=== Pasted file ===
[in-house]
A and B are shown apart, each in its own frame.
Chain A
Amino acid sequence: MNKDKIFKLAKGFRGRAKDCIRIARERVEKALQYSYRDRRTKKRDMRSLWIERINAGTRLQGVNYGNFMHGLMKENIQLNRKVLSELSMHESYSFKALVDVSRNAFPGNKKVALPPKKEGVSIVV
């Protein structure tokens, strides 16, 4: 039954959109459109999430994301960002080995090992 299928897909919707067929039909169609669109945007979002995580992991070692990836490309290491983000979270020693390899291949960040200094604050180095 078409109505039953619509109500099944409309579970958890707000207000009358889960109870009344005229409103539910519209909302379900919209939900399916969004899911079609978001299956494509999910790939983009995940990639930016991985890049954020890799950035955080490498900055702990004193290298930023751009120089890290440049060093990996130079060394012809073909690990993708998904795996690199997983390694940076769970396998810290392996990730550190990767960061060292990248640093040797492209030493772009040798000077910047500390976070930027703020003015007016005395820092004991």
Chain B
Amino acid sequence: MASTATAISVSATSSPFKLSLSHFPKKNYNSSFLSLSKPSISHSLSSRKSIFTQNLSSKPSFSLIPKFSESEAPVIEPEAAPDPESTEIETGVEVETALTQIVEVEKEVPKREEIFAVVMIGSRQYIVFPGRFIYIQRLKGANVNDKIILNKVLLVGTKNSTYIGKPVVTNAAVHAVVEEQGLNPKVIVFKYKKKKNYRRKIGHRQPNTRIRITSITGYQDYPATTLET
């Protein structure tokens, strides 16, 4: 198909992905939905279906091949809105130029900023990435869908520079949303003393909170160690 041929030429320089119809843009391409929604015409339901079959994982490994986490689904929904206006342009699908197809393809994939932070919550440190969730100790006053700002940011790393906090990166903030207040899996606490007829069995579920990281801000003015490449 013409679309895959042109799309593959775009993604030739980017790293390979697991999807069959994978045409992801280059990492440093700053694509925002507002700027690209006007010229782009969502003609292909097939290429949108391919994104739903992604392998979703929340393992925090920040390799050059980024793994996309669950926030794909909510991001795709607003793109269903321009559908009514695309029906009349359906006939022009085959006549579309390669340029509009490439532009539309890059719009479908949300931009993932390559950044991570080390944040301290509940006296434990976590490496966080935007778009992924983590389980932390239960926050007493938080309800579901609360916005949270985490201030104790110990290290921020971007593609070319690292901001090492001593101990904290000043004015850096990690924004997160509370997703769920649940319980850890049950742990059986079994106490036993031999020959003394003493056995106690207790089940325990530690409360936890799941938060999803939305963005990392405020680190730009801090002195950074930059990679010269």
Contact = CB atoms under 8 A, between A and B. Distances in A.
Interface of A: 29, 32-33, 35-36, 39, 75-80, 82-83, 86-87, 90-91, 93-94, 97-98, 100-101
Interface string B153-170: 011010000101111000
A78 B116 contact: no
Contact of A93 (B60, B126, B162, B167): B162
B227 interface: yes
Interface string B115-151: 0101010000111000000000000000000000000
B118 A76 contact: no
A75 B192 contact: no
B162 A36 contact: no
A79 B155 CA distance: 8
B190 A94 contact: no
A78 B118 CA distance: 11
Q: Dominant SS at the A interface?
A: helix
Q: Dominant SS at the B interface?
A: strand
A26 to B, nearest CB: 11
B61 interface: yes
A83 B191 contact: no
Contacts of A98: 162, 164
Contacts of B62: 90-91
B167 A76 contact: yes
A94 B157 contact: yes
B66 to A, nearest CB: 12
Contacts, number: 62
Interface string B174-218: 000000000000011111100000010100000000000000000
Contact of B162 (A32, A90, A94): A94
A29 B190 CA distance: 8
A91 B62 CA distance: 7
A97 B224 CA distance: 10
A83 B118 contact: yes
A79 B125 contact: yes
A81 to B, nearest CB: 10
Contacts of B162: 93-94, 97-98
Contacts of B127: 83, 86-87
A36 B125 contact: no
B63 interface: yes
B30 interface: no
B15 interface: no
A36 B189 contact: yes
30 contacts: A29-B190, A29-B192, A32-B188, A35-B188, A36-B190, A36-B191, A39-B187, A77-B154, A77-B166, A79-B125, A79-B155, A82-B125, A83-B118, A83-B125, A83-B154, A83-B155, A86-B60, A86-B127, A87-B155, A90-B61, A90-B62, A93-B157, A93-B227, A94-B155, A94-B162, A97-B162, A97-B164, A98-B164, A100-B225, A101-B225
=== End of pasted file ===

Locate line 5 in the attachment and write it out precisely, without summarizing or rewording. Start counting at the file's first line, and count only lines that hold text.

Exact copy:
């Protein structure tokens, strides 16, 4: 039954959109459109999430994301960002080995090992 299928897909919707067929039909169609669109945007979002995580992991070692990836490309290491983000979270020693390899291949960040200094604050180095 078409109505039953619509109500099944409309579970958890707000207000009358889960109870009344005229409103539910519209909302379900919209939900399916969004899911079609978001299956494509999910790939983009995940990639930016991985890049954020890799950035955080490498900055702990004193290298930023751009120089890290440049060093990996130079060394012809073909690990993708998904795996690199997983390694940076769970396998810290392996990730550190990767960061060292990248640093040797492209030493772009040798000077910047500390976070930027703020003015007016005395820092004991």